Teen-targeting scam drains military family's accounts
As the school year comes to a close, one Central Texas mother says she's going into the summer break with thousands of dollars of debt after her child fell for a debit card scam at his high school.
Luvina Sabree says her son made the mistake of coughing up his debit card and pin number to another kid at Ellison High School after being offered easy money.
But she says now everyone in her household is feeling the pinch.
“It's affecting our entire family,” says Sabree.
The scam started with someone depositing a fake check into her son’s USAA youth spending account and immediately withdrawing 500 dollars.
Next, they stopped at the Walmart on Trimmier in Killeen to make a small purchase but also took out 100 dollars, racking up 10 nearly identical transactions in minutes.
Less than 15 minutes later, another 10 transactions occurred at a Walmart in Harker Heights.
Sabree says she got no alerts and didn't know that anything was amiss until she looked at the account online.
“I saw that it was negative almost three thousand dollars,” she says.
USAA youth accounts are set up through parents’ checking accounts.
When they run dry, they pull from those parents’ accounts.
“I actually called them and told them what had transpired,” adds Sabree.
She contacted USAA on Sunday, and by Monday they sent a letter holding her responsible for the overdrafts.
“They had already opened and closed the investigation within the same day,” she says.
She also went to Killeen ISD.
She says, “One school official told me it's happened over a hundred times.”
She was then told to file a report with Killeen police.
“They acted reluctant to take my report because, to me, it appeared it happens all the time,” she says.
It’s the same reason KPD provided for declining an interview on how debit card scam cases are handled.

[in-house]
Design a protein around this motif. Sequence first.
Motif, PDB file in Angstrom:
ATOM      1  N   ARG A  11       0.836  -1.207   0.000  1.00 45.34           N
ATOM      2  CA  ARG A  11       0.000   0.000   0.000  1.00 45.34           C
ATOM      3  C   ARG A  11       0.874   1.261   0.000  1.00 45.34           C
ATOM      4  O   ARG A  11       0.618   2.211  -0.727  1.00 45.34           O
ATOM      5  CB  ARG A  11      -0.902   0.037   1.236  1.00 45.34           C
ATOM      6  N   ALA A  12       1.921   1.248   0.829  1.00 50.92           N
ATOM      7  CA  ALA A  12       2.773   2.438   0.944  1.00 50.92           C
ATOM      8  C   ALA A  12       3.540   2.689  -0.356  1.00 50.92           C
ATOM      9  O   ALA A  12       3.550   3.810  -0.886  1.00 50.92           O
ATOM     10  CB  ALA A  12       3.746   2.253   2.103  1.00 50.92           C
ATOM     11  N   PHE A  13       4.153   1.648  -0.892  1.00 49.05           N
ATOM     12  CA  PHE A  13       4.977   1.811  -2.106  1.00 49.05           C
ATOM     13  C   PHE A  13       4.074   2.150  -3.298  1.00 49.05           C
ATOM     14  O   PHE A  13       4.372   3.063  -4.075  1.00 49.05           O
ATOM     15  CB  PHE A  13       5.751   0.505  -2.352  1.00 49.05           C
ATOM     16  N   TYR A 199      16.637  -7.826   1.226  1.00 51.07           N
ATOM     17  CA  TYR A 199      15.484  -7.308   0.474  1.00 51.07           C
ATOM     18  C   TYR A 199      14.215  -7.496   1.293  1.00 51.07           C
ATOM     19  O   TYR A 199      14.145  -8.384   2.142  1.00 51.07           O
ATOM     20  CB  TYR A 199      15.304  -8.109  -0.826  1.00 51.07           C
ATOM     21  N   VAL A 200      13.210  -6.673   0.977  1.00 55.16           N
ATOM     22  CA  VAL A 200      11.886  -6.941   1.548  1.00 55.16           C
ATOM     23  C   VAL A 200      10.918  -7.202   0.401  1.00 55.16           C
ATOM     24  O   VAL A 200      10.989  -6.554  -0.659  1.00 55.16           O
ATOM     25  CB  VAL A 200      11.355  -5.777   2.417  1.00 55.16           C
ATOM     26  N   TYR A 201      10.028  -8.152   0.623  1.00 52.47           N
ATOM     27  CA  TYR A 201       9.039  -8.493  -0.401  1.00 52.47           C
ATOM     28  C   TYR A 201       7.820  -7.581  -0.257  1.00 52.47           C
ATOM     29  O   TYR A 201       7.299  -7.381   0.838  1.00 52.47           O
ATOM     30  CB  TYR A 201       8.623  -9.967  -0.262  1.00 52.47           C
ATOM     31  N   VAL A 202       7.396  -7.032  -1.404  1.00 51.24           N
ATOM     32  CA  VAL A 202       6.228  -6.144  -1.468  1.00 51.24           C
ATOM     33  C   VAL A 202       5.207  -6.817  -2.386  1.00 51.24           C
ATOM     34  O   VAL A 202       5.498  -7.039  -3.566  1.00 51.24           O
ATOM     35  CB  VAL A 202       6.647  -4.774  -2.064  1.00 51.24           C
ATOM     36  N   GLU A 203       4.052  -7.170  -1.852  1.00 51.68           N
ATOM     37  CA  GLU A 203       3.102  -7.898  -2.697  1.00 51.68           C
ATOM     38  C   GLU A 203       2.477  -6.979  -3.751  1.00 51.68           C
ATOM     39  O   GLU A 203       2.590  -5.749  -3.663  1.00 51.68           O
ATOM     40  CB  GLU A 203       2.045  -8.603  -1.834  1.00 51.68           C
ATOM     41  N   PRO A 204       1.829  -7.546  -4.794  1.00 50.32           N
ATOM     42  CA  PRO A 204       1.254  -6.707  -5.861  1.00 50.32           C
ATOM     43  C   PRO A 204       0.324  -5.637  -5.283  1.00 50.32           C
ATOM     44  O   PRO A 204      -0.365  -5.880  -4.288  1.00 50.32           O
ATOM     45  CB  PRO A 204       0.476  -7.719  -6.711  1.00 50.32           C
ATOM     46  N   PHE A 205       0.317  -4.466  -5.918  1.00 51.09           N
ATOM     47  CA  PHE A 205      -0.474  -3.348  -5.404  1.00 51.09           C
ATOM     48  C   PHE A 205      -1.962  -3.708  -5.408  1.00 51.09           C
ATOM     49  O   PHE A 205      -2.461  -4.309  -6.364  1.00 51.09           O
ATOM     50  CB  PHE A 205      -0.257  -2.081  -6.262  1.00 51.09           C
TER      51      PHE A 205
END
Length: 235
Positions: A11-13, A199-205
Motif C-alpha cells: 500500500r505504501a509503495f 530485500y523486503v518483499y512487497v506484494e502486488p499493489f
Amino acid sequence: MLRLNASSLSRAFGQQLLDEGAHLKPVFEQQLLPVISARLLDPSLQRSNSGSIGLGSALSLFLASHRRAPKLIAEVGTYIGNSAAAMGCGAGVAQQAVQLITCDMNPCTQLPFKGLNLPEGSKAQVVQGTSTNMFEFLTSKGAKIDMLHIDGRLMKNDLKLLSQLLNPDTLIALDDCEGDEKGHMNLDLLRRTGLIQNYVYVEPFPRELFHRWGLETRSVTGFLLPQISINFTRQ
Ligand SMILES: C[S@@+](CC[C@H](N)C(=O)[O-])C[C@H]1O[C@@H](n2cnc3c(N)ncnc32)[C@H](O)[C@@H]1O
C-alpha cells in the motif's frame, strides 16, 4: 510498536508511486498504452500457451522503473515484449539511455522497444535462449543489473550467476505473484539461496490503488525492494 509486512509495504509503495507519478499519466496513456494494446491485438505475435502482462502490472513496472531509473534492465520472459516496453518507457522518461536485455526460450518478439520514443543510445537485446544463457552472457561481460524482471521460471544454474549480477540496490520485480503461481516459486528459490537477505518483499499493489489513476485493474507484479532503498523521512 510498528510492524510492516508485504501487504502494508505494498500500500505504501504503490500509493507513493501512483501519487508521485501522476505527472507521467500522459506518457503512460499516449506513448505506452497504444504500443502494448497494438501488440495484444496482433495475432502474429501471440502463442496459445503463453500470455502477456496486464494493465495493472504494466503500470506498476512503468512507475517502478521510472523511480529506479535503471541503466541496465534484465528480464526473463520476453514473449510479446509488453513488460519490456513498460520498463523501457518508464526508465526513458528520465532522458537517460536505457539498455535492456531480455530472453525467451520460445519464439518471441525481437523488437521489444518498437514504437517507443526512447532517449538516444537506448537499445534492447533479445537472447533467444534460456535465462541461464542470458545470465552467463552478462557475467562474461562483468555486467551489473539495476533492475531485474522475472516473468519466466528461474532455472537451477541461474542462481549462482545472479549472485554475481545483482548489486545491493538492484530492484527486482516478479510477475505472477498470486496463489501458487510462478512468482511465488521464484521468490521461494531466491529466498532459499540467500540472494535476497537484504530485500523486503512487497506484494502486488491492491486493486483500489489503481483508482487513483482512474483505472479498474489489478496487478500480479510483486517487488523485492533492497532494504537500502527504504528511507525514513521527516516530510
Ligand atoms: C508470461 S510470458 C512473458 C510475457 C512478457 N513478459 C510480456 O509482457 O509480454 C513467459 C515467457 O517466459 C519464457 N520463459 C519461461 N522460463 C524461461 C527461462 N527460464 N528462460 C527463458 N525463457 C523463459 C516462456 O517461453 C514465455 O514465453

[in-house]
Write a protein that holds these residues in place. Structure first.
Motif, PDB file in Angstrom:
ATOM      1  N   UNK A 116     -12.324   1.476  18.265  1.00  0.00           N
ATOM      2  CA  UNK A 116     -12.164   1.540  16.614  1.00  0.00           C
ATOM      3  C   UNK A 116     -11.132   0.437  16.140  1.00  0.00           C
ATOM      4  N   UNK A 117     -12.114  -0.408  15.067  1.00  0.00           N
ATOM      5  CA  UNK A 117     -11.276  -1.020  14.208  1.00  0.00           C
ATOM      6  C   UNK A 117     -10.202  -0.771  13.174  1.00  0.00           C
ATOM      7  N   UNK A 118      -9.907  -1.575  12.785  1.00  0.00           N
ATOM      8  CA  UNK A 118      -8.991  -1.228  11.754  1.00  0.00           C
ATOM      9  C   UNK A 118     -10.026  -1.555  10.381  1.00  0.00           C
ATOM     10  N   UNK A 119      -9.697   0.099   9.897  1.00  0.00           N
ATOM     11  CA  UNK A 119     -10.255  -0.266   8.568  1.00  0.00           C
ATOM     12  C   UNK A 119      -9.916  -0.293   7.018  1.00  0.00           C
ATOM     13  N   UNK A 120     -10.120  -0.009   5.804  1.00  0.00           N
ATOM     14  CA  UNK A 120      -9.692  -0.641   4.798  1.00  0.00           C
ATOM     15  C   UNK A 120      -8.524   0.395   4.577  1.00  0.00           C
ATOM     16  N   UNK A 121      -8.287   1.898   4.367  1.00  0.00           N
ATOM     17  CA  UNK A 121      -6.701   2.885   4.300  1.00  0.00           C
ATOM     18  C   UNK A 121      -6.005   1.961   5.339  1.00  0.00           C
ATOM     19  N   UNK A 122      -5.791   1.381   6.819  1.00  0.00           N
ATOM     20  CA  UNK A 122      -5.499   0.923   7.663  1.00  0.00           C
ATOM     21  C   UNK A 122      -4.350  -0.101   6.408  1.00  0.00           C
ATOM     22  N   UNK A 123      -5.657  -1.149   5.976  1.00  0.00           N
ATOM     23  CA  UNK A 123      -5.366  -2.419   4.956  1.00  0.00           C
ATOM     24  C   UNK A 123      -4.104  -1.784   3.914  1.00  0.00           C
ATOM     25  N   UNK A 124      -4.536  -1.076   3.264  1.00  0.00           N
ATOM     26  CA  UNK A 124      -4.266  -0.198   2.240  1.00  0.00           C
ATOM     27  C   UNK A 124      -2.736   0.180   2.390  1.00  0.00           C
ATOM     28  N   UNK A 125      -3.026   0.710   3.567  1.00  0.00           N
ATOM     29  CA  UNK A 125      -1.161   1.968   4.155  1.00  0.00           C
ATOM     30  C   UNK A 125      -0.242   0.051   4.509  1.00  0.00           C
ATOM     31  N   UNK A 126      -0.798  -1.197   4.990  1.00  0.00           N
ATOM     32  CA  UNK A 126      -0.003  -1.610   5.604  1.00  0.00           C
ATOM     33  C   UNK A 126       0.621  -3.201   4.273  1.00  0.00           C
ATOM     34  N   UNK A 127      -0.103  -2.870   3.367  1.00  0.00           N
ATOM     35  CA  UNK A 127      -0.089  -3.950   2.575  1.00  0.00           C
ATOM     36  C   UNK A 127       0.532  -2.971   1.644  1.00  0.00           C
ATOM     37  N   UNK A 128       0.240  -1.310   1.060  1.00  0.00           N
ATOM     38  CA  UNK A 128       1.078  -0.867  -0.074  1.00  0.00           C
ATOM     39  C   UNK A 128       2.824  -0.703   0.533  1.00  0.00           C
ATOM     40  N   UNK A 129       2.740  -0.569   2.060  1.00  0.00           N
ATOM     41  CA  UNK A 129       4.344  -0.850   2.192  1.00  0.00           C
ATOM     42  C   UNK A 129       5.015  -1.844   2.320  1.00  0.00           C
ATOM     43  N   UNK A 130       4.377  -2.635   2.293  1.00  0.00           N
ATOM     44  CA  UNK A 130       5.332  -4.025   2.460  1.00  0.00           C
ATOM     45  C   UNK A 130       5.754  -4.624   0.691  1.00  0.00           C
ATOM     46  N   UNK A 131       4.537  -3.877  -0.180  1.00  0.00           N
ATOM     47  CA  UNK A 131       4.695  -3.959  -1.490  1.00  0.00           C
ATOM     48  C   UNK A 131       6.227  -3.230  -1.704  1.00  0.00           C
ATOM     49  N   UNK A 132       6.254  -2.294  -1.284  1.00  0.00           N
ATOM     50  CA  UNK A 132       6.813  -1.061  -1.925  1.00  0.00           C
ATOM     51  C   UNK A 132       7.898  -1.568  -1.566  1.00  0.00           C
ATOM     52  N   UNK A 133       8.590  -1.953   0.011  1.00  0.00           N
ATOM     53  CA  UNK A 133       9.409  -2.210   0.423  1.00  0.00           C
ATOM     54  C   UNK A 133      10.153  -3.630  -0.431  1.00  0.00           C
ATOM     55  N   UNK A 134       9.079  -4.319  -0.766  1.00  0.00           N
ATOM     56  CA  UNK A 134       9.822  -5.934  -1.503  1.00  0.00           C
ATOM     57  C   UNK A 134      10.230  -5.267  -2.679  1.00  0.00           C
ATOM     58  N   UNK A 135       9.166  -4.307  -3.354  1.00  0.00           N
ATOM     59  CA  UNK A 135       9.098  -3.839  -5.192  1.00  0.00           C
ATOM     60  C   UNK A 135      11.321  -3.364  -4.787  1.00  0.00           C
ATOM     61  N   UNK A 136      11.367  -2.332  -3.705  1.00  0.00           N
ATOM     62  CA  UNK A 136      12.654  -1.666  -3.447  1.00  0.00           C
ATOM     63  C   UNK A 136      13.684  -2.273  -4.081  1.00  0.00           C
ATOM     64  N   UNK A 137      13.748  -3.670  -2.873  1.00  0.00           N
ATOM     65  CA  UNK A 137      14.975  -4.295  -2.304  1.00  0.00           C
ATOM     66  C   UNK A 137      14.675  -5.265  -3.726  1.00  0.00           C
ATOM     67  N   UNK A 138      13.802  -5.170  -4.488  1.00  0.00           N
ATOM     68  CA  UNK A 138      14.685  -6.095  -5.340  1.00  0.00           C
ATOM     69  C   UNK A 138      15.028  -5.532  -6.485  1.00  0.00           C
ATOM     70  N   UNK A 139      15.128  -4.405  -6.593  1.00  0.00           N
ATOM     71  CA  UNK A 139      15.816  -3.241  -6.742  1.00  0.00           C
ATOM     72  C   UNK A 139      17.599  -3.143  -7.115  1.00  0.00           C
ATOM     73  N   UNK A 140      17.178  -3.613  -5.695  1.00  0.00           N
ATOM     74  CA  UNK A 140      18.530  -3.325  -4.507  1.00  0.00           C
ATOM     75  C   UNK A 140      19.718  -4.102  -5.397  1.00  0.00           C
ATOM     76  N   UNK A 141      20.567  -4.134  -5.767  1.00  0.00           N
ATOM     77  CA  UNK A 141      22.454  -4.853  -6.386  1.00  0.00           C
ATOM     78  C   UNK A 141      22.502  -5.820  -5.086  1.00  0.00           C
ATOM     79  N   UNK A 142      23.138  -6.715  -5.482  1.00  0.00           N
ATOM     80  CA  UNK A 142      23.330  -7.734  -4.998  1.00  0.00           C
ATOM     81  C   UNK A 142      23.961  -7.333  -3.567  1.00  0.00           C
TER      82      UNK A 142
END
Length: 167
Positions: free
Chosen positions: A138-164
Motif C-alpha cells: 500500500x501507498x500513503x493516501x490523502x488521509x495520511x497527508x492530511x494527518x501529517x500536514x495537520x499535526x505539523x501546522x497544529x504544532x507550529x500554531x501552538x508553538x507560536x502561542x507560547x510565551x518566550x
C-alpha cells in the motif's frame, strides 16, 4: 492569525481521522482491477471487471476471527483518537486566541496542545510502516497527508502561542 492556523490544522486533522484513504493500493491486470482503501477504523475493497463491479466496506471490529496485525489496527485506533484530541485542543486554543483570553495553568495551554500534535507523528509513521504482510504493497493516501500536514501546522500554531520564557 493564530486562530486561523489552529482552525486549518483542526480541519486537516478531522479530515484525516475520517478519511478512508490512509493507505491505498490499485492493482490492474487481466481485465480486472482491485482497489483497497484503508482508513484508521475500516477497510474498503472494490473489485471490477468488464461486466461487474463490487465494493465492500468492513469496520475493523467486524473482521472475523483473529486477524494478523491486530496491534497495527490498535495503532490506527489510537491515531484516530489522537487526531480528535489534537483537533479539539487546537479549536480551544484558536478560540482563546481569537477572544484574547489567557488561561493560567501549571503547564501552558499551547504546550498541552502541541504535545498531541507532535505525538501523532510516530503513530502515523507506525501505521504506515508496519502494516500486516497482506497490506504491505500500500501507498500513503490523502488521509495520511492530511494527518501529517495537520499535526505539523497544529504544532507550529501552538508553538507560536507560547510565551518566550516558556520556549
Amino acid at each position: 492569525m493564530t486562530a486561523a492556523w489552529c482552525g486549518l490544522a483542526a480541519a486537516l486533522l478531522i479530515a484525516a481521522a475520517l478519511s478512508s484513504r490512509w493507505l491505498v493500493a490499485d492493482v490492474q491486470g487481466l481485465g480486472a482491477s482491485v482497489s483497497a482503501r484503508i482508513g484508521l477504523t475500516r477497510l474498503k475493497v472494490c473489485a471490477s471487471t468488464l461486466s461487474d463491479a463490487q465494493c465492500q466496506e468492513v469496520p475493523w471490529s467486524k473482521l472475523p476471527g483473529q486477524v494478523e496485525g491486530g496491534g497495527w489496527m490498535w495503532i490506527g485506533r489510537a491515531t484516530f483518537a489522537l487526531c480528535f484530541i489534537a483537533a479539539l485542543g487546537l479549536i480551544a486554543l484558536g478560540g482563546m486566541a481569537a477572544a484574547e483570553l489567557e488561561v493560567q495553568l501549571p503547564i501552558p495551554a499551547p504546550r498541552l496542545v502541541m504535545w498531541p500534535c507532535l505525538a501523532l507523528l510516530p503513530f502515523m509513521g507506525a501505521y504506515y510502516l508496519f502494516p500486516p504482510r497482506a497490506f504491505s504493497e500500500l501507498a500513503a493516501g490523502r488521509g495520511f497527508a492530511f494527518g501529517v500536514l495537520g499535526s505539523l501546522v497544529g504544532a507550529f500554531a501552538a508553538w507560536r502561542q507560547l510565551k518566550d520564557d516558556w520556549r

Detectives did say they work with stores to get surveillance video and that ATMs inside do not have cameras on them.
In Sabree’s case, no pictures have been provided for transactions that took place at registers.
“I think these people know the USAA system and are using our children,” she says.
USAA confirms there is an active investigation, and members who participate in scams, whether they know it or not, can be held responsible.
“After my husband and I served in the military to help protect this country, [we thought] that USAA would help us and protect us and protect our account, and they didn't do that,” adds Sabree.
She hasn’t gotten an update on her case from KPD but hopes to warn other parents about the dangers waiting for kids with cards.
Experts recommend setting up alerts and limits on teen accounts because they are not always automatic.
Also, limited credit cards and even prepaid cards can offer more protection since they don’t give direct access to cash.
Depending on the situation, those may be a better option.
USAA also provides these tips to avoid scams:
• Never provide your personal or banking information to unauthorized individuals. Fraudsters ask for things such as personal identifiers, debit or credit card information and account numbers.
• Be cautious when asked to make a deposit or send money back. Fraudsters sometimes convince you to make a deposit or payment to reduce your debt and provide an account number/routing number to use, but require a fee to be sent to the fraudster when the payment is made. The payment will return, the fee will be lost, and the account holder will be responsible.
• Contact your bank immediately if you provide your personal banking information to an unauthorized individual.
• Remember, if it sounds too good to be true, it usually is.